CRIL uncovered a dropper responsible for distributing several malware payloads, namely CraxsRAT, a Downloader, and a variant of Chaos ransomware. This downloader and ransomware are utilized to propagate Tech Scams.
The downloader proceeds to download four additional payloads. Upon execution, each of these payloads is utilized to propagate the deceptive AntiVirus website. The figure below shows the infection chain.
The dropper is a 32-bit .Net executable (SHA256: fbb8f0231c666f7b1bfb9256b60b73bc3f44779eb2865b040ca01a3d0a4e1140).
The dropper contains three embedded payloads within its Resources, as depicted in the figure below. When executed, the dropper employs Gzip decompression to extract these payloads, which are then placed in the %temp% directory and subsequently executed.
Following are the details of the payloads.
|Pwdsueslxagy.exe||Variant of chaos ransomware|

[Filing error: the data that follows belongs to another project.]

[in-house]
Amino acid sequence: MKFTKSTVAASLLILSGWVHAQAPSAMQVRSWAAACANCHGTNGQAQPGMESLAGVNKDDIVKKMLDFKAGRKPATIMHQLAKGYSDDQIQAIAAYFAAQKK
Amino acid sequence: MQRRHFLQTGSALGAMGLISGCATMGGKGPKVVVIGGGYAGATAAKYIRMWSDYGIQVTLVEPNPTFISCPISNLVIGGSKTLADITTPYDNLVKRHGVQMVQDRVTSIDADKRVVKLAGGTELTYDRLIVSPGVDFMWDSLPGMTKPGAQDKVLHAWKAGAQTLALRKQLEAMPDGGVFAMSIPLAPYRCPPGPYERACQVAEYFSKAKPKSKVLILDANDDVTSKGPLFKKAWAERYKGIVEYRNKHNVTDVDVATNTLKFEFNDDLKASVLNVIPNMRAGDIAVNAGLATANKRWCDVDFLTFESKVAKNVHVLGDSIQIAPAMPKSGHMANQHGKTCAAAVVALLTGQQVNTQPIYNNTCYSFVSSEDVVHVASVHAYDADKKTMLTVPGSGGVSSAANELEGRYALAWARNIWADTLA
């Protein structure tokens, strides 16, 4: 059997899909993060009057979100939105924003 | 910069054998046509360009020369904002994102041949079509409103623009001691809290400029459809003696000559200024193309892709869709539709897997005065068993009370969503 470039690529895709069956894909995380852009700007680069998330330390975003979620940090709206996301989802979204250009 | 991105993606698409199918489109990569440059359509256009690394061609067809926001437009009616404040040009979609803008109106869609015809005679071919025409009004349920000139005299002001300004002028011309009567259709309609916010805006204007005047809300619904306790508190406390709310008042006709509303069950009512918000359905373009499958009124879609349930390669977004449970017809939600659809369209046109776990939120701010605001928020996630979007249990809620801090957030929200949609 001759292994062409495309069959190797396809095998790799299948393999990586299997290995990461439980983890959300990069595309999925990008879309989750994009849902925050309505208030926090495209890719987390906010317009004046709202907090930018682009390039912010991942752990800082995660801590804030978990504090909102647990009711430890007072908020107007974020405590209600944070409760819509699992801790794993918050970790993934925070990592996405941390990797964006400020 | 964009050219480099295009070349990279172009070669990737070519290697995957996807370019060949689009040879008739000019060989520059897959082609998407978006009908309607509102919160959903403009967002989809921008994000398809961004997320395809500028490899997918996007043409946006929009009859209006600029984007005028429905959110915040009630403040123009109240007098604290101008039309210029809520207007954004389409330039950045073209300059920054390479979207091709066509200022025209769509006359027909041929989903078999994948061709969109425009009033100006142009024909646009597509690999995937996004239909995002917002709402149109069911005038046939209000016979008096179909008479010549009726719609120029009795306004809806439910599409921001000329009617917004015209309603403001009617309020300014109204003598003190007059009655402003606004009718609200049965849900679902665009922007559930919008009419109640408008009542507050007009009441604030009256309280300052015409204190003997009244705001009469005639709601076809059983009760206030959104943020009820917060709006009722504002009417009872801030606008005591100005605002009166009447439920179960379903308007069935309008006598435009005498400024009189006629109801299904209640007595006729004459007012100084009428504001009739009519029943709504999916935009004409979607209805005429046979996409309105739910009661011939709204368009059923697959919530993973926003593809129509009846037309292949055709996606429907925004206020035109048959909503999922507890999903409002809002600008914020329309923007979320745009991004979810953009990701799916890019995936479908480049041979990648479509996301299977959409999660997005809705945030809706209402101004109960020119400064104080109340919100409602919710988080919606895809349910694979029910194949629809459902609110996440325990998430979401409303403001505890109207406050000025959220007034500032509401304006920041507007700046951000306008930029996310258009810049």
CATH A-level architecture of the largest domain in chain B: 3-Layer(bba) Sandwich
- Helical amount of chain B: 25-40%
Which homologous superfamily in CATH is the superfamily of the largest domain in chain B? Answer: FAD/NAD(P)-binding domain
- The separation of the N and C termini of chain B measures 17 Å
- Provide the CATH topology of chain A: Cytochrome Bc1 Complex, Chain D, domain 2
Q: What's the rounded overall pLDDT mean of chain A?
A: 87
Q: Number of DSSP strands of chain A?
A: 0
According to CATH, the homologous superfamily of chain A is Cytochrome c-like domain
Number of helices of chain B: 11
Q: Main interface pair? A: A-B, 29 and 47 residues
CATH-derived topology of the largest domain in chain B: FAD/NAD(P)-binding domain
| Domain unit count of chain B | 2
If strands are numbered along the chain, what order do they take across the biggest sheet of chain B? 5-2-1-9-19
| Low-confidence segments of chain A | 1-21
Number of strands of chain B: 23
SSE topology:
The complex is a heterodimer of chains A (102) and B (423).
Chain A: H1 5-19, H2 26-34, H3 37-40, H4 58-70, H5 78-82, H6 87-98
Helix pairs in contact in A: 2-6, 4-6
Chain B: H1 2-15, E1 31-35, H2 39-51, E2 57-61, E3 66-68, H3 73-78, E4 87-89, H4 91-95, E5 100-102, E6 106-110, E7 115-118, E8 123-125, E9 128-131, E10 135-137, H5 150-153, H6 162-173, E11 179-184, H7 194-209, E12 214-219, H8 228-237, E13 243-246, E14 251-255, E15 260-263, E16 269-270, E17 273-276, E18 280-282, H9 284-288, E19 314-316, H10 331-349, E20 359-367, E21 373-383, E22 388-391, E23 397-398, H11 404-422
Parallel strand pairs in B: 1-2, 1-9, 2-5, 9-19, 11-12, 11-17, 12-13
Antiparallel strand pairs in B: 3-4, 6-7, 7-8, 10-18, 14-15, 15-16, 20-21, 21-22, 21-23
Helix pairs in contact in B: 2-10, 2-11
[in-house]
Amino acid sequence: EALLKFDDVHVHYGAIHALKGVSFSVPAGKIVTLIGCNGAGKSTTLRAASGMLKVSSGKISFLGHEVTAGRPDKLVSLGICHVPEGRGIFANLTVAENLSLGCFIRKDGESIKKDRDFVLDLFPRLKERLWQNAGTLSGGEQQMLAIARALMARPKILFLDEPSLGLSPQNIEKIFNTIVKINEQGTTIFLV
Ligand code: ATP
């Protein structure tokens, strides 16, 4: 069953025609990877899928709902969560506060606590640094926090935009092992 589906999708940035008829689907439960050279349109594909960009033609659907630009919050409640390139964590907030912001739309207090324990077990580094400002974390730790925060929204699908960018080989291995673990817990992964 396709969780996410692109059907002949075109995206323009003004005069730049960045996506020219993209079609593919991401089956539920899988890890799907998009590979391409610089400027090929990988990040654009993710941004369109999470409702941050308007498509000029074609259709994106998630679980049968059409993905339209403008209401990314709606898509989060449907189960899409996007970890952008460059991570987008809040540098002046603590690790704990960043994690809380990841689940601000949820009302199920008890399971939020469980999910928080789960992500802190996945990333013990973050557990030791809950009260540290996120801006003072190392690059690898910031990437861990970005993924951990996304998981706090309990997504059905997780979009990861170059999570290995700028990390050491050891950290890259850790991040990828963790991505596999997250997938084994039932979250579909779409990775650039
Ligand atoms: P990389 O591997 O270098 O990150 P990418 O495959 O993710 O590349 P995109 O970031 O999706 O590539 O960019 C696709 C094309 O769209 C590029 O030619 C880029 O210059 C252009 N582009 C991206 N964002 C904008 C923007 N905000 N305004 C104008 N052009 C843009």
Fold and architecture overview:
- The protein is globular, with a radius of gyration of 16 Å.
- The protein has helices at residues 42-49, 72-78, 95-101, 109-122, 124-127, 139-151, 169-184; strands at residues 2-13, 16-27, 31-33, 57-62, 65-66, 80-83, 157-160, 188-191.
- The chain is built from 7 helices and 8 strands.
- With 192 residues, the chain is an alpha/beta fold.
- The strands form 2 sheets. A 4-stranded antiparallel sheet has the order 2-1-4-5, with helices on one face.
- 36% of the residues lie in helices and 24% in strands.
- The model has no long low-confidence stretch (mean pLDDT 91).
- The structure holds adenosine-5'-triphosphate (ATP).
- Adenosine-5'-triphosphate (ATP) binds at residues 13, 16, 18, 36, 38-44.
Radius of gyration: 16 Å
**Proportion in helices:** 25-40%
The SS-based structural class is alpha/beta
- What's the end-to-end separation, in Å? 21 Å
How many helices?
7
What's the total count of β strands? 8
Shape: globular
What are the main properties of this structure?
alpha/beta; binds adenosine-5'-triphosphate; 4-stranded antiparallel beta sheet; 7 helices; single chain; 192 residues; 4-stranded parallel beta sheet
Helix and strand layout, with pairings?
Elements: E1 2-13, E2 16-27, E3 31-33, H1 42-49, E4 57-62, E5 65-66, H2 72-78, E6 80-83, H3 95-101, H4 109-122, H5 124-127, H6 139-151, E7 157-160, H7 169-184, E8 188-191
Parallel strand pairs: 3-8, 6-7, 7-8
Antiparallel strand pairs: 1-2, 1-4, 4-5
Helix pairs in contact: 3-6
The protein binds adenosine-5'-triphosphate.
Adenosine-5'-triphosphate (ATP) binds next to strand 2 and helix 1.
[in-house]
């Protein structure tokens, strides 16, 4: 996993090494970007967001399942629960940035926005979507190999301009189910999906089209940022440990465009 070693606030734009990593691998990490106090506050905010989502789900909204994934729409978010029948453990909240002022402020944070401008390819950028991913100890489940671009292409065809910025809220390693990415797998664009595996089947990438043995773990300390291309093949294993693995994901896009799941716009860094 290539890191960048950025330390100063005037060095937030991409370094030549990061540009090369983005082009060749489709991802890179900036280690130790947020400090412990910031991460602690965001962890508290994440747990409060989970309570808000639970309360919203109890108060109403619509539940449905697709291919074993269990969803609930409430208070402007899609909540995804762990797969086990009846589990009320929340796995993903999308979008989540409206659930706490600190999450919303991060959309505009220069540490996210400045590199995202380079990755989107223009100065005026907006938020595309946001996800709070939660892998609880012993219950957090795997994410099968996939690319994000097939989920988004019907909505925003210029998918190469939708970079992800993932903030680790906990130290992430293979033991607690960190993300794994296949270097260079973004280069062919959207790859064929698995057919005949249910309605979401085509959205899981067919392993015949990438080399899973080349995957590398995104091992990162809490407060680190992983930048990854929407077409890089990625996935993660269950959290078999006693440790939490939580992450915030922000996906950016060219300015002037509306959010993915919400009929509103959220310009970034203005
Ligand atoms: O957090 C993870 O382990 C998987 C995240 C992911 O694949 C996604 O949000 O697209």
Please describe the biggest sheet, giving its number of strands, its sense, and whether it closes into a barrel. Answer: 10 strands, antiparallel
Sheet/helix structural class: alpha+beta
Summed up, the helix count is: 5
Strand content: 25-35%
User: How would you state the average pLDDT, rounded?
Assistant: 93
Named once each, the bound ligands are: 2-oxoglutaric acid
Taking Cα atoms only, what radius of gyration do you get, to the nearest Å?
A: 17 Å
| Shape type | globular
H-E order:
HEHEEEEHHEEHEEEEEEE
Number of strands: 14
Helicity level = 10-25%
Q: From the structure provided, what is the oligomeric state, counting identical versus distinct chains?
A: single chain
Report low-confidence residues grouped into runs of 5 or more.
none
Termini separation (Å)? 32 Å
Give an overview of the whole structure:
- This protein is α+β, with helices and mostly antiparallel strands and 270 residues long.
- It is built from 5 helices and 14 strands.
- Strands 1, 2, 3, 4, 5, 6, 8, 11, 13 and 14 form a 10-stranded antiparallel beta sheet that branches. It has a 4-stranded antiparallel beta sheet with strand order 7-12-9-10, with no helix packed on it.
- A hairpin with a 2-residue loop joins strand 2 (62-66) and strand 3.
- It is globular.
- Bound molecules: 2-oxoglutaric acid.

This file is a .Net downloader (sha256:
0860a8f9d5debc37dc997a501c593b0eb5f17d5e4ec27e41bec09c606309c0a5). It retrieves a batch script from Resources. It then places this file in the %temp% folder, naming it “Gwpuae.bat.” The following illustration presents the code responsible for dropping and subsequently running the batch file.
This batch script downloads additional payloads from a typosquatted domain hosted on GitHub pages and saves them to the %AppData% directory. The figure below shows the commands used by the batch script to download additional payloads.
This batch script attempts to download four payloads, such as Microsoft Services.exe, System.exe, Runtime Broker.exe, and windows.exe, from the same hosting site and executes them. All of these executables point to the same non-existent antivirus site (www[.]bit[.]ly\secure-net) and telegram handle (@securenet_global).
Microsoft Services.exe: Tech Scam Executable